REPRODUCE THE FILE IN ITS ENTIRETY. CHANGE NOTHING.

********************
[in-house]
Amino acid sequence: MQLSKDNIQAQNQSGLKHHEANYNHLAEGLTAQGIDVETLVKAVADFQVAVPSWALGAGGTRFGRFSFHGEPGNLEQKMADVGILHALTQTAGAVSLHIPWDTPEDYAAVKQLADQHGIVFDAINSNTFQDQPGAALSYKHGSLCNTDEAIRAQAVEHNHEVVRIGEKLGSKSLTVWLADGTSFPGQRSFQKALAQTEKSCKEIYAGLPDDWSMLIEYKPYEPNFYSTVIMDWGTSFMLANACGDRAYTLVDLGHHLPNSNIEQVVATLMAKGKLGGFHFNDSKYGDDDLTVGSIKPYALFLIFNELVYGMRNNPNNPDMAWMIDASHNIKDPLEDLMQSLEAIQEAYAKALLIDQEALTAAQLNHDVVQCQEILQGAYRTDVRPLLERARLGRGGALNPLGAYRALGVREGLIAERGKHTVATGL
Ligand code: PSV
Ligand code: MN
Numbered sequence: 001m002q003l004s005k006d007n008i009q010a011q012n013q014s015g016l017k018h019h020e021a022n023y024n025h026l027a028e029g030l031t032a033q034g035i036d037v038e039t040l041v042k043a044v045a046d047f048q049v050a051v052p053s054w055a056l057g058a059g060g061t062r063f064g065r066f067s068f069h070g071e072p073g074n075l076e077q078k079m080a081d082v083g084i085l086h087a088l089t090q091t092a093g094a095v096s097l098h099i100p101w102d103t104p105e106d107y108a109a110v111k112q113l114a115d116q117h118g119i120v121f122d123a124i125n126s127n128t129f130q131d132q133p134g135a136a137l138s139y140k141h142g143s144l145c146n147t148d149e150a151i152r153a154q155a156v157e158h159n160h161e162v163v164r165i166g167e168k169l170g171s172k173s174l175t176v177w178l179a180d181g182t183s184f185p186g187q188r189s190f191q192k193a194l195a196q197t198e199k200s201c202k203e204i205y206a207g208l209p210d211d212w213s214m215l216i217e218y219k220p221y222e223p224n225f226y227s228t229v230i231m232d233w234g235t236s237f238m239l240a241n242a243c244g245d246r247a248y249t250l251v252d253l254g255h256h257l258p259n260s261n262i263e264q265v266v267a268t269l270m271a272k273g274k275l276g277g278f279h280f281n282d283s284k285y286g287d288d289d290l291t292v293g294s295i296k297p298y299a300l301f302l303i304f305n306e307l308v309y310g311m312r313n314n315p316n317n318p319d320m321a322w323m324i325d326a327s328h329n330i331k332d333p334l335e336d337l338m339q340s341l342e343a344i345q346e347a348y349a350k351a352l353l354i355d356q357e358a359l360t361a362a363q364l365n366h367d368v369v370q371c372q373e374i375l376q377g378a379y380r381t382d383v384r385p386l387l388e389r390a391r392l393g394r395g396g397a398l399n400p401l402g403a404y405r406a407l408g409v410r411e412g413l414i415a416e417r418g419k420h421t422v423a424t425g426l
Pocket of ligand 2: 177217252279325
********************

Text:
[in-house]
Amino acid sequence: MQLSKDNIQAQNQSGLKHHEANYNHLAEGLTAQGIDVETLVKAVADFQVAVPSWALGAGGTRFGRFSFHGEPGNLEQKMADVGILHALTQTAGAVSLHIPWDTPEDYAAVKQLADQHGIVFDAINSNTFQDQPGAALSYKHGSLCNTDEAIRAQAVEHNHEVVRIGEKLGSKSLTVWLADGTSFPGQRSFQKALAQTEKSCKEIYAGLPDDWSMLIEYKPYEPNFYSTVIMDWGTSFMLANACGDRAYTLVDLGHHLPNSNIEQVVATLMAKGKLGGFHFNDSKYGDDDLTVGSIKPYALFLIFNELVYGMRNNPNNPDMAWMIDASHNIKDPLEDLMQSLEAIQEAYAKALLIDQEALTAAQLNHDVVQCQEILQGAYRTDVRPLLERARLGRGGALNPLGAYRALGVREGLIAERGKHTVATGL
Ligand code: PSV
Ligand code: MN
Numbered sequence: 001m002q003l004s005k006d007n008i009q010a011q012n013q014s015g016l017k018h019h020e021a022n023y024n025h026l027a028e029g030l031t032a033q034g035i036d037v038e039t040l041v042k043a044v045a046d047f048q049v050a051v052p053s054w055a056l057g058a059g060g061t062r063f064g065r066f067s068f069h070g071e072p073g074n075l076e077q078k079m080a081d082v083g084i085l086h087a088l089t090q091t092a093g094a095v096s097l098h099i100p101w102d103t104p105e106d107y108a109a110v111k112q113l114a115d116q117h118g119i120v121f122d123a124i125n126s127n128t129f130q131d132q133p134g135a136a137l138s139y140k141h142g143s144l145c146n147t148d149e150a151i152r153a154q155a156v157e158h159n160h161e162v163v164r165i166g167e168k169l170g171s172k173s174l175t176v177w178l179a180d181g182t183s184f185p186g187q188r189s190f191q192k193a194l195a196q197t198e199k200s201c202k203e204i205y206a207g208l209p210d211d212w213s214m215l216i217e218y219k220p221y222e223p224n225f226y227s228t229v230i231m232d233w234g235t236s237f238m239l240a241n242a243c244g245d246r247a248y249t250l251v252d253l254g255h256h257l258p259n260s261n262i263e264q265v266v267a268t269l270m271a272k273g274k275l276g277g278f279h280f281n282d283s284k285y286g287d288d289d290l291t292v293g294s295i296k297p298y299a300l301f302l303i304f305n306e307l308v309y310g311m312r313n314n315p316n317n318p319d320m321a322w323m324i325d326a327s328h329n330i331k332d333p334l335e336d337l338m339q340s341l342e343a344i345q346e347a348y349a350k351a352l353l354i355d356q357e358a359l360t361a362a363q364l365n366h367d368v369v370q371c372q373e374i375l376q377g378a379y380r381t382d383v384r385p386l387l388e389r390a391r392l393g394r395g396g397a398l399n400p401l402g403a404y405r406a407l408g409v410r411e412g413l414i415a416e417r418g419k420h421t422v423a424t425g426l
Pocket of ligand 2: 177217252279325